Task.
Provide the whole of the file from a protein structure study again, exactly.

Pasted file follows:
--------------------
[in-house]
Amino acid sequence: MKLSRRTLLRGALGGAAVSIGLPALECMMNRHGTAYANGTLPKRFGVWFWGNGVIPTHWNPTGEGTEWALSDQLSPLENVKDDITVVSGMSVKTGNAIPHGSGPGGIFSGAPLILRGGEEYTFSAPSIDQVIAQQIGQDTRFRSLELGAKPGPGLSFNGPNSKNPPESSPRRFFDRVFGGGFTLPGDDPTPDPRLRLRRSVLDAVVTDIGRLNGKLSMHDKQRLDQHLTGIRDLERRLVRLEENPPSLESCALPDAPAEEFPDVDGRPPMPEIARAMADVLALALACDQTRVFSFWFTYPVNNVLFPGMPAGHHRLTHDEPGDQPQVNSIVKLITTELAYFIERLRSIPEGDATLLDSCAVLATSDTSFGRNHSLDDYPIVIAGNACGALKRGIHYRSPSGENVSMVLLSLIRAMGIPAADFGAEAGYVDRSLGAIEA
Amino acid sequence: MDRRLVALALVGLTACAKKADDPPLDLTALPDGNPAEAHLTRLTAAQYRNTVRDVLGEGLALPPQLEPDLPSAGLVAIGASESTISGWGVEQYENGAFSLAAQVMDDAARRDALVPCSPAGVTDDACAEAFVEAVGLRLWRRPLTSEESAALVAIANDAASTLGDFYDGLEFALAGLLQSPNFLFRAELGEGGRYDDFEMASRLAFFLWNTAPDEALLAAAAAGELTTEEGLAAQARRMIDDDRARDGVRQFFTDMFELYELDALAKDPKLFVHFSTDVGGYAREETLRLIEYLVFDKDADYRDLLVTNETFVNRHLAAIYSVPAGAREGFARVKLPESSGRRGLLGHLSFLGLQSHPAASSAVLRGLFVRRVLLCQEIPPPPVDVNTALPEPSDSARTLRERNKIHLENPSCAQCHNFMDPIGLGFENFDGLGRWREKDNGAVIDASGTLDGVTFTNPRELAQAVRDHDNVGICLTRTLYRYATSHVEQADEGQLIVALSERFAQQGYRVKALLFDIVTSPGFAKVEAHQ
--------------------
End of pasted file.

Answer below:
[in-house]
Amino acid sequence: MKLSRRTLLRGALGGAAVSIGLPALECMMNRHGTAYANGTLPKRFGVWFWGNGVIPTHWNPTGEGTEWALSDQLSPLENVKDDITVVSGMSVKTGNAIPHGSGPGGIFSGAPLILRGGEEYTFSAPSIDQVIAQQIGQDTRFRSLELGAKPGPGLSFNGPNSKNPPESSPRRFFDRVFGGGFTLPGDDPTPDPRLRLRRSVLDAVVTDIGRLNGKLSMHDKQRLDQHLTGIRDLERRLVRLEENPPSLESCALPDAPAEEFPDVDGRPPMPEIARAMADVLALALACDQTRVFSFWFTYPVNNVLFPGMPAGHHRLTHDEPGDQPQVNSIVKLITTELAYFIERLRSIPEGDATLLDSCAVLATSDTSFGRNHSLDDYPIVIAGNACGALKRGIHYRSPSGENVSMVLLSLIRAMGIPAADFGAEAGYVDRSLGAIEA
Amino acid sequence: MDRRLVALALVGLTACAKKADDPPLDLTALPDGNPAEAHLTRLTAAQYRNTVRDVLGEGLALPPQLEPDLPSAGLVAIGASESTISGWGVEQYENGAFSLAAQVMDDAARRDALVPCSPAGVTDDACAEAFVEAVGLRLWRRPLTSEESAALVAIANDAASTLGDFYDGLEFALAGLLQSPNFLFRAELGEGGRYDDFEMASRLAFFLWNTAPDEALLAAAAAGELTTEEGLAAQARRMIDDDRARDGVRQFFTDMFELYELDALAKDPKLFVHFSTDVGGYAREETLRLIEYLVFDKDADYRDLLVTNETFVNRHLAAIYSVPAGAREGFARVKLPESSGRRGLLGHLSFLGLQSHPAASSAVLRGLFVRRVLLCQEIPPPPVDVNTALPEPSDSARTLRERNKIHLENPSCAQCHNFMDPIGLGFENFDGLGRWREKDNGAVIDASGTLDGVTFTNPRELAQAVRDHDNVGICLTRTLYRYATSHVEQADEGQLIVALSERFAQQGYRVKALLFDIVTSPGFAKVEAHQ